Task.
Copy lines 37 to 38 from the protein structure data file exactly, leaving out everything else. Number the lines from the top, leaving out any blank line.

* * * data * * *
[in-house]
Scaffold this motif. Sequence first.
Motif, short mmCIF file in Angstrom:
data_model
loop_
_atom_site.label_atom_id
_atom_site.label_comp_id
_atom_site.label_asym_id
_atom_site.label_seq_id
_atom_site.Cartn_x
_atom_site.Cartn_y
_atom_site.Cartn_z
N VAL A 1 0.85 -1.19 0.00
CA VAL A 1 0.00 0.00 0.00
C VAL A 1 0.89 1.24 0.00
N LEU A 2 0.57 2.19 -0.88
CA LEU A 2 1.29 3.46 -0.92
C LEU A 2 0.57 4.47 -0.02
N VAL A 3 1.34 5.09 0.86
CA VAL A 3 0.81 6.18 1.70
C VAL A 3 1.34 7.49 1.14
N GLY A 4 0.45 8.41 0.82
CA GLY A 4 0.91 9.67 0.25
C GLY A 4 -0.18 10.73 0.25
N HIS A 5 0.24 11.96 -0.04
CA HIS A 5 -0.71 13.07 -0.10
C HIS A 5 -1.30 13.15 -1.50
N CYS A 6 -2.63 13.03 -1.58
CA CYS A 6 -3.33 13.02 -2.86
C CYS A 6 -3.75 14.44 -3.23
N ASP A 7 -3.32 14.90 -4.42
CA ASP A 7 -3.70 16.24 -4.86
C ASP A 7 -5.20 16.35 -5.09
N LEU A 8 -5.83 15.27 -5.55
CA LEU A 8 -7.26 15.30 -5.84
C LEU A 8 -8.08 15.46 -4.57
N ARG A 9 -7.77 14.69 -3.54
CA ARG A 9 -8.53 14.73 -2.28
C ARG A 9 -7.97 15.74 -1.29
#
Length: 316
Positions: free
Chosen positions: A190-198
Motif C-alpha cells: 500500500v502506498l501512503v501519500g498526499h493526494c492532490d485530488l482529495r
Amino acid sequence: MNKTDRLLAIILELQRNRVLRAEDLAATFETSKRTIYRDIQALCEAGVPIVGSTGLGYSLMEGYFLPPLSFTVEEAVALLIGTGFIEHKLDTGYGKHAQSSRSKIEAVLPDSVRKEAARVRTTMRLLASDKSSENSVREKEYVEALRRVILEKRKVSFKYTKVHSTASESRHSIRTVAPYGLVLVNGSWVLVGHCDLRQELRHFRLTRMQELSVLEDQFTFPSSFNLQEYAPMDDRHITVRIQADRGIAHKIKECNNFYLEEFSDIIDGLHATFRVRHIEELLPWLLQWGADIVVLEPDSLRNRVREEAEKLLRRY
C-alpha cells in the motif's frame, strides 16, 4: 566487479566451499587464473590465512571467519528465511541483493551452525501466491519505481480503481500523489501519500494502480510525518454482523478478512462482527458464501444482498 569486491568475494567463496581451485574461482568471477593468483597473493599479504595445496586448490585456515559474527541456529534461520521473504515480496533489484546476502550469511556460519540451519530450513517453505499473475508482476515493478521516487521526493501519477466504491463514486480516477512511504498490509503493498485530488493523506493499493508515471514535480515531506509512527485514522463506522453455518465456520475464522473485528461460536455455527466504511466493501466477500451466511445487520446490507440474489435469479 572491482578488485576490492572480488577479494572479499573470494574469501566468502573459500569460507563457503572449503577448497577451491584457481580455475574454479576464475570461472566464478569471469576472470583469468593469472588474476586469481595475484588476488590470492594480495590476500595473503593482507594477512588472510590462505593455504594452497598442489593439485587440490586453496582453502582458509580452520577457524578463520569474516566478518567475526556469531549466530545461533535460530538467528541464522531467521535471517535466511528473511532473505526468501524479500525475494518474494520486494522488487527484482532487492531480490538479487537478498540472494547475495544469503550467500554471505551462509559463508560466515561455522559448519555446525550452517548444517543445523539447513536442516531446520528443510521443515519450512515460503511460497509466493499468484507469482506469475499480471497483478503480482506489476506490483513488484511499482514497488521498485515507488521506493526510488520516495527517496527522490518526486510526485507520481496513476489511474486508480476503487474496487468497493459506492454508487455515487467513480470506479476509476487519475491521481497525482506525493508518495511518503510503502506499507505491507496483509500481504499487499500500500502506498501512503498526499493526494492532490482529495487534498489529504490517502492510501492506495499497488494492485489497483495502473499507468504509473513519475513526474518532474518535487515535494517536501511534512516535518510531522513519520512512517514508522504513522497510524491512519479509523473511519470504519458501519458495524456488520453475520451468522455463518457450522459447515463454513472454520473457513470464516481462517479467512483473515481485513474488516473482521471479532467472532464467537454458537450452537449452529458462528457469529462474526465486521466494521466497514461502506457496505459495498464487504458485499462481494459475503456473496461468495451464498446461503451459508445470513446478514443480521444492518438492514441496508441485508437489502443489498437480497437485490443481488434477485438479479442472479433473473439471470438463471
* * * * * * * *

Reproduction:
N ARG A 9 -7.77 14.69 -3.54
CA ARG A 9 -8.53 14.73 -2.28